Passing on shared knowledge from one generation to the next is a hallmark of culture and allows animals to quickly adapt to a changing environment.
While commonly evident in species ranging from human infants to naked mole rats or infant songbirds, early social learning has now been documented in insects.
Publication in the journal Science, a University of California San Diego researcher and his colleagues uncovered evidence that social learning is fundamental to honeybees. Professor James Nieh of the School of Biological Sciences and his collaborators discovered that the “waggle dance”, which signals the location of critical resources to nestmates through an intricate series of movements, is enhanced by learning and can be culturally transmitted.
The study demonstrates the importance of early social cue learning in one of the most complex known examples of non-human spatial referential communication.
“We are beginning to understand that animals, like us, can pass on information important to their survival through communities and families. Our new research shows that we can now extend such social learning to include insects,” said Professor Nieh at the Department of Ecology, Behavior and Evolution.
A social insect with a highly organized social structure, honeybees help ensure the survival of their colonies by communicating the location of food sources to each other through a wagging dance in which bees circle around in figure-eight patterns while wagging their bodies beneath the central part of the dance.
The movements of the dance, performed at breakneck speed (each bee moves a body length in less than a second), translate visual information from the environment around the hive and the location of the sun into the distance, direction and even quality of the resource for nestmates.
Transmitting this information accurately is a remarkable feat because bees must move quickly across an often uneven hive surface.
Nieh and co-researchers Shihao Dong, Tao Lin and Ken Tan from the Chinese Academy of Sciences (CAS) set up experiments that tested the details involved in wagging dance communication. They created colonies to study the information transfer process between skilled forager bees and their younger, less experienced nestmates.
The experimenters created colonies where bees were never able to observe or follow wagging dancers until they first danced. These colonies consisted of young bees that were all the same age. Bees start dancing when they reach the right age and always follow experienced dancers before they try dancing for the first time. In these experimental colonies, therefore, bees were never able to learn from more experienced dancers.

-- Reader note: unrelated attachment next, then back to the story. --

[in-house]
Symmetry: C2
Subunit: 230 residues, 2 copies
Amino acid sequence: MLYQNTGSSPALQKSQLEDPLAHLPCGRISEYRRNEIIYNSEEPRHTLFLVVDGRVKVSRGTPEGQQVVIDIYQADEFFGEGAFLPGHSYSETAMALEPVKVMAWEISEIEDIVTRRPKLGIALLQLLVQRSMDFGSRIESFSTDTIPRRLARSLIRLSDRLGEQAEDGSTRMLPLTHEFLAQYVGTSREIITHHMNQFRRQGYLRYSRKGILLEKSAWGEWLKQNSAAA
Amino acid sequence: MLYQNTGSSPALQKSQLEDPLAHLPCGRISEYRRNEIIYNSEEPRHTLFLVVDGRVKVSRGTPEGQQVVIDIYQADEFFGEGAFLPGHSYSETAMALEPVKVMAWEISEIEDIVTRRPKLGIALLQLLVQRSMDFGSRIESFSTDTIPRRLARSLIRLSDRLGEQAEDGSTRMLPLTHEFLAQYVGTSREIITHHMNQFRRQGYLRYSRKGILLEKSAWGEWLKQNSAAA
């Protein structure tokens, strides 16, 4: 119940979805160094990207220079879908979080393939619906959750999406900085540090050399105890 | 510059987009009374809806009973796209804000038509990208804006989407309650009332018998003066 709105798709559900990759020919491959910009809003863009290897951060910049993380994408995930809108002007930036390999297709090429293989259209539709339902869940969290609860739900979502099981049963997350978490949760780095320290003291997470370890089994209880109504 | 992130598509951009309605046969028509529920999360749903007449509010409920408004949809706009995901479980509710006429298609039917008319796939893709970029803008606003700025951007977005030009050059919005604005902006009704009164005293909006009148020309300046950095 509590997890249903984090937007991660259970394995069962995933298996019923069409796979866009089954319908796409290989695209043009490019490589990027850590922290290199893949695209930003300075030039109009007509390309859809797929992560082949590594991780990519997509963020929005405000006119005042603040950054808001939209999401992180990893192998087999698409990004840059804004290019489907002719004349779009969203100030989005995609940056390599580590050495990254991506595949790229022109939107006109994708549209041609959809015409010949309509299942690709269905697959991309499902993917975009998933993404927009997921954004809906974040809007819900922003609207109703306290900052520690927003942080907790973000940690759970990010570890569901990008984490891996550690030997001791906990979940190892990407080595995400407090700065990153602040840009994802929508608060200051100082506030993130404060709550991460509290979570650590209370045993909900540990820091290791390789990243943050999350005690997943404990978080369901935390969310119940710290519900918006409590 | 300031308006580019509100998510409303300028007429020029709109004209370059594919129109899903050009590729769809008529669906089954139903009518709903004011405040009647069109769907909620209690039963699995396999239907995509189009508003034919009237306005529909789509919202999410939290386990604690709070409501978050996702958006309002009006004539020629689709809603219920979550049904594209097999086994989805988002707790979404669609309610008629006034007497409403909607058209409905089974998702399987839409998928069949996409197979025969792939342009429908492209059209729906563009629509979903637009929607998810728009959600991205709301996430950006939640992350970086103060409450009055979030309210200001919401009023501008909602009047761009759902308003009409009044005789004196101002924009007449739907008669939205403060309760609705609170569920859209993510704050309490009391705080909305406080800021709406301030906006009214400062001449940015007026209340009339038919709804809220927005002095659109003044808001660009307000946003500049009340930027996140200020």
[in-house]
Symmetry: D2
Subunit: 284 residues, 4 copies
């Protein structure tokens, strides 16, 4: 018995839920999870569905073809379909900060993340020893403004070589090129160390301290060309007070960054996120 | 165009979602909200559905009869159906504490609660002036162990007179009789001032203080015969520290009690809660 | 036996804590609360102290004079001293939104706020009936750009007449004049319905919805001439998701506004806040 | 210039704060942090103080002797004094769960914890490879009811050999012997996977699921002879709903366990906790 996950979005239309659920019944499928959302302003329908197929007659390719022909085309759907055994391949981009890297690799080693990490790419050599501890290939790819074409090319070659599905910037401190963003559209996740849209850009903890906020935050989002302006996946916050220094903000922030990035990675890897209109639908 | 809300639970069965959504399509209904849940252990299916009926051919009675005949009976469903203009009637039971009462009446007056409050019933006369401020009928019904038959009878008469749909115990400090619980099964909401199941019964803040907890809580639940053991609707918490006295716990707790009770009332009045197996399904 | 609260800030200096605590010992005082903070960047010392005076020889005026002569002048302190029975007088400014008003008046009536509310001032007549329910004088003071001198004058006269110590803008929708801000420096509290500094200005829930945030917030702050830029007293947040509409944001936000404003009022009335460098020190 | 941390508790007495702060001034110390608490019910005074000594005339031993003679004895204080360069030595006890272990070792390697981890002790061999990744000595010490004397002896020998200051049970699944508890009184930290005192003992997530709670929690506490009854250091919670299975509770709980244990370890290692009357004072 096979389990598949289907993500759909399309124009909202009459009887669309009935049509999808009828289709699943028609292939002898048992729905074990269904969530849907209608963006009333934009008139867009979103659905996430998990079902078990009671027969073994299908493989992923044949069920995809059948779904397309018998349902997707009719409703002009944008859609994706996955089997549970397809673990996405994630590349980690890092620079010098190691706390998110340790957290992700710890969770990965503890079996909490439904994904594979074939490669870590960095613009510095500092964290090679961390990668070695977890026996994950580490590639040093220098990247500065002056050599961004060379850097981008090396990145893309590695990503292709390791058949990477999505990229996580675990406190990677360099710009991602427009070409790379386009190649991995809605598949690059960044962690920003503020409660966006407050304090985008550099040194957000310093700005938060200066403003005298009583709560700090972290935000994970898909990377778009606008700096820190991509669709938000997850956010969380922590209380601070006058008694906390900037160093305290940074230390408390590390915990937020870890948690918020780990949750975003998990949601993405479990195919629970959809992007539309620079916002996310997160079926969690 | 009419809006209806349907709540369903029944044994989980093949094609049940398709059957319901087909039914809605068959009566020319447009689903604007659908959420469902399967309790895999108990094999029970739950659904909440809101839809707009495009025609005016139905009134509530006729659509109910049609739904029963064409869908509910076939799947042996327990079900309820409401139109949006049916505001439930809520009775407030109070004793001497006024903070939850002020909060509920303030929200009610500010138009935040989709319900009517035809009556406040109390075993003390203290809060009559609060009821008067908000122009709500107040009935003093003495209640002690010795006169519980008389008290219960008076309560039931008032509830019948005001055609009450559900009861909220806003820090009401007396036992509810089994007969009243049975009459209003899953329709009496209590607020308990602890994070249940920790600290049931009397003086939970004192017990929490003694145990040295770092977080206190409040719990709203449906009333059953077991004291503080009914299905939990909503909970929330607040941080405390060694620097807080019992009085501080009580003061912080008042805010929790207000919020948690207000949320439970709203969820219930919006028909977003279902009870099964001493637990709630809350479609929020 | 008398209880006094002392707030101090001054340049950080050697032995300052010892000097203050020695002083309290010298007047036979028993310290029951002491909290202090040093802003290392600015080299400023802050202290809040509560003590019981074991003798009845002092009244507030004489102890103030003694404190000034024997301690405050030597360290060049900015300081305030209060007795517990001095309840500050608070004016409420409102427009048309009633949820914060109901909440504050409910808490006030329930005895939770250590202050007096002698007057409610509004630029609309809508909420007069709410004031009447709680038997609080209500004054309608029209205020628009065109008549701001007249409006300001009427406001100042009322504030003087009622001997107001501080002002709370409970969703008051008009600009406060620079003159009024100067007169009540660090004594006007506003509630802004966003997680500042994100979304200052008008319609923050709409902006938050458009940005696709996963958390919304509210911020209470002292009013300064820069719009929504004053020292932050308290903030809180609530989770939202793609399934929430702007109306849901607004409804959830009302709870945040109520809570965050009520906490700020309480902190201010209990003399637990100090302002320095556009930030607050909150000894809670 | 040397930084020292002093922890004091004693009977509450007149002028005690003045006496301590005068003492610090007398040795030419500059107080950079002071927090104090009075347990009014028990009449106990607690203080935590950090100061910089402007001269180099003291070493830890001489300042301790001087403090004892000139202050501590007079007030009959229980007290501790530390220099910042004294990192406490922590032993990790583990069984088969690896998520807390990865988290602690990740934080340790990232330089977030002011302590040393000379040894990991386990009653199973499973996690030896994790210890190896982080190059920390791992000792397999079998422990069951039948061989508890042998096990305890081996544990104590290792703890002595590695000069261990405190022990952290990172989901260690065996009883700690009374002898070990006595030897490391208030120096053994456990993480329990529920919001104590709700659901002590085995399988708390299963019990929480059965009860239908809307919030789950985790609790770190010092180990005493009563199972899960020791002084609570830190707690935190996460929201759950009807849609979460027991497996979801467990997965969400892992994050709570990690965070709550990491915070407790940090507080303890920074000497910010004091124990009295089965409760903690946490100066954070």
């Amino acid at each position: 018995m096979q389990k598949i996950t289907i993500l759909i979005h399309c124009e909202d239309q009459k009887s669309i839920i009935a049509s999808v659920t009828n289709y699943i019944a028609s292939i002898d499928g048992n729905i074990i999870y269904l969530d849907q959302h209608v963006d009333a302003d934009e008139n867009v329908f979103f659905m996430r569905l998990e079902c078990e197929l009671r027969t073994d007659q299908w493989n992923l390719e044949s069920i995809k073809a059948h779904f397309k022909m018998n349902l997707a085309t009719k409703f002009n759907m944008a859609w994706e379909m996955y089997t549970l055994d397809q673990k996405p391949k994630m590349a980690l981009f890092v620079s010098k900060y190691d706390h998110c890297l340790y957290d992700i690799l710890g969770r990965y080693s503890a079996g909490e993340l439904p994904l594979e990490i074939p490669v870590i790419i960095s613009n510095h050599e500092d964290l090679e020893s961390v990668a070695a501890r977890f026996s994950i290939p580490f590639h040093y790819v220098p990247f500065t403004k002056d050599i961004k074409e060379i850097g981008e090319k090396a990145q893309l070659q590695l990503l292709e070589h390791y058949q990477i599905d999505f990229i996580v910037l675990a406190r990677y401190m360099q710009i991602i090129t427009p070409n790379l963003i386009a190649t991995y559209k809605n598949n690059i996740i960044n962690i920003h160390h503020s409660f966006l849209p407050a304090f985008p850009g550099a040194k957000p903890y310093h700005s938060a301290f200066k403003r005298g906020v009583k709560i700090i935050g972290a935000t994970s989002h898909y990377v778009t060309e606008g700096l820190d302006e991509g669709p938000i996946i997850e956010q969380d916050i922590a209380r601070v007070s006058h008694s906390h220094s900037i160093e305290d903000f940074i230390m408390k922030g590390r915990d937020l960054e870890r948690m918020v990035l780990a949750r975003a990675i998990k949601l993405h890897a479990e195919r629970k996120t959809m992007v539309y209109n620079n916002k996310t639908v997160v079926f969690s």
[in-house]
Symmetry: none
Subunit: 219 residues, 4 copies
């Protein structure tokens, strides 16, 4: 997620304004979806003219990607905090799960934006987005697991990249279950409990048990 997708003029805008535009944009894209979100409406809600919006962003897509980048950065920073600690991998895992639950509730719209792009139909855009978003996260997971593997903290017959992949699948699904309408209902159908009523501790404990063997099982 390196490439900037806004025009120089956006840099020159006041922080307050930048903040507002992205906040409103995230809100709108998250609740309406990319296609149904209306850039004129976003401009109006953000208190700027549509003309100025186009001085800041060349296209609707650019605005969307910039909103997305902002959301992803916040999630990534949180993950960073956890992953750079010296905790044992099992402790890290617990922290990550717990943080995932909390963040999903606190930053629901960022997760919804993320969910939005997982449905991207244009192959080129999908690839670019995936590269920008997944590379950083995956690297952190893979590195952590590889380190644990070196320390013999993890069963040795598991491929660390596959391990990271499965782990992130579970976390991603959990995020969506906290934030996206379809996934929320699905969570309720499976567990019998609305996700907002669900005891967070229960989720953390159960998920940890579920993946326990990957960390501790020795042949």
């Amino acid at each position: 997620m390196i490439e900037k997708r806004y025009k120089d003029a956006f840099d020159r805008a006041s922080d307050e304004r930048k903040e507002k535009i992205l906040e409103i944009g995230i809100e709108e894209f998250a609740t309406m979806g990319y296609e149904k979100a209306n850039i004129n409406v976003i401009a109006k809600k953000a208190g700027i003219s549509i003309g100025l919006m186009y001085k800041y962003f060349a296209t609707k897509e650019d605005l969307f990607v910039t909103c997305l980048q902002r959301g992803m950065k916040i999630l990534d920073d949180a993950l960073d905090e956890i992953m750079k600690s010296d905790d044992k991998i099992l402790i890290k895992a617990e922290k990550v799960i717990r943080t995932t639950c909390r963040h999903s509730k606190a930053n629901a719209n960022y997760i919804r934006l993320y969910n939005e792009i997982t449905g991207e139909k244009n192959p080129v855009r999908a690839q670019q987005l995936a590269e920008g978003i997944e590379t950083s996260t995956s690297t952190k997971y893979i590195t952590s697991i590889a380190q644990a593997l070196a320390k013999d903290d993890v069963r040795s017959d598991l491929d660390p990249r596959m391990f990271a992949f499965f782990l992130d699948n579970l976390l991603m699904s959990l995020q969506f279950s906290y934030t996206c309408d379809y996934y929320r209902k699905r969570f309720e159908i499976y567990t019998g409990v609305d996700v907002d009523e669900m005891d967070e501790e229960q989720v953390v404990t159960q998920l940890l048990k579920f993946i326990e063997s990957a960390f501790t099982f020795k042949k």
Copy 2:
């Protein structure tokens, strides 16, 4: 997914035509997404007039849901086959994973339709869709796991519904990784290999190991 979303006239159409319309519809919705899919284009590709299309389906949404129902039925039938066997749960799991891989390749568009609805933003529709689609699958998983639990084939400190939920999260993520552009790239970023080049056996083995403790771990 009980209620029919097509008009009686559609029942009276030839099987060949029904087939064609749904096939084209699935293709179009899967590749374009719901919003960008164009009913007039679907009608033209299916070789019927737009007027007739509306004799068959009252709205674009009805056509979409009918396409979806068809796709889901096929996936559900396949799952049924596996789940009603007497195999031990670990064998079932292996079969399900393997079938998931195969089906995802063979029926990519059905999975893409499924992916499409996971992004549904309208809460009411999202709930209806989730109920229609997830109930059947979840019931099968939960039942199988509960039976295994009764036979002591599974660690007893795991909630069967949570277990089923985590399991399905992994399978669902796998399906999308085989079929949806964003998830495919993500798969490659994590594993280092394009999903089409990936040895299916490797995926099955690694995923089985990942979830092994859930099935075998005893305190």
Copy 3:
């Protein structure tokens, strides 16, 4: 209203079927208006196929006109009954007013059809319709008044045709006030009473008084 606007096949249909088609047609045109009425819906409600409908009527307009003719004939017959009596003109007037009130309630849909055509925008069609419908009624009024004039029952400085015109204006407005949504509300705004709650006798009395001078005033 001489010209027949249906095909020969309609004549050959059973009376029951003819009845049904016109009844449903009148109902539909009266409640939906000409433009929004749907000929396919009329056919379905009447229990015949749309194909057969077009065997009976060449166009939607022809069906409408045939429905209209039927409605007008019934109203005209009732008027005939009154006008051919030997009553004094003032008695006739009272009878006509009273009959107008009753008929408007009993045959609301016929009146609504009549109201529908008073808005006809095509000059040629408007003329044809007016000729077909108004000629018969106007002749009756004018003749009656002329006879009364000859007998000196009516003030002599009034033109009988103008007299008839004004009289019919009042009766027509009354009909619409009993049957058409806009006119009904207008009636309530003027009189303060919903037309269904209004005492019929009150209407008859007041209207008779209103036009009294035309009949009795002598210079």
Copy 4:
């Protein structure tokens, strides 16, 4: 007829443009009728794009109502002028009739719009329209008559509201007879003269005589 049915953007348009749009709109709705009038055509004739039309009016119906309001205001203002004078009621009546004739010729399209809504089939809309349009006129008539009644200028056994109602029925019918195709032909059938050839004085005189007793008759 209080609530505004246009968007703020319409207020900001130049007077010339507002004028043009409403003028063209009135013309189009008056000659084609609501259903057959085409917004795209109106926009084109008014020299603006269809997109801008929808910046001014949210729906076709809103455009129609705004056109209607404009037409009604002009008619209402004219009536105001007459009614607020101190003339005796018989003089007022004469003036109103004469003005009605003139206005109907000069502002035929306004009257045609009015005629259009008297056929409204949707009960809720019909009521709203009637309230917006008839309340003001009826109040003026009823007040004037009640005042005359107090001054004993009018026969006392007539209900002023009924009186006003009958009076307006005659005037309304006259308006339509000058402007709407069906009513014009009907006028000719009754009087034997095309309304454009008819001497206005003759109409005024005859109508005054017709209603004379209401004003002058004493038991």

“Bees without the opportunity to follow any dancers before they first danced produced significantly more disordered dances with greater swing angle divergence errors and miscoded distance,” the researchers noted in the paper.
In contrast, bees shadowing other dances in control colonies suffered no such problems. Like humans, for whom early exposure to language development is crucial, the bees acquired social cues that were encoded and stayed with them for life (about 38 days). Those who did not learn the correct waggle dance early on were able to improve by subsequently watching other dancers and by practicing, but they were never able to code distance correctly.
This distance encoding creates the different “dialects” of different honey bee species. In other words, the bees who could never observe other dancers in their critical early learning phase developed a new dialect that they retained for the rest of their lives.
“Researchers believe that bi-dialects are shaped by their local environments. If so, it makes sense for a colony to pass on a dialect that is well adapted to that environment,” Nieh said. The results therefore provided evidence that social learning shapes honey bee signaling, as it does early communication in many vertebrate species that also benefit from learning.
With their new findings, Nieh and his colleagues now want to understand the role of the environment in shaping secondary language. In the future, they would like to find out whether older, more experienced bees in the colony, who know the distribution of food sources in their environment, might be able to pass on an optimized dialect to the next generation.
They are also concerned that external threats may disrupt this early language learning. Several studies, including those by Nieh and his collaborators, showed the harm that commonly used pesticides can cause to bees.
“We know that bees are quite intelligent and have the capacity to do remarkable things,” Nieh said. “Several papers and studies have shown that pesticides can damage honey bee cognition and learning, and therefore pesticides can damage their ability to learn to communicate and potentially even reshape how that communication is passed on to the next generation of bees in a colony.”
About this social learning research news
Author: Mario Aguilera
Contact: Mario Aguilera – UCSD
Image: Photo credited to Heather Broccard Bell
Original Research: The results will appear from Science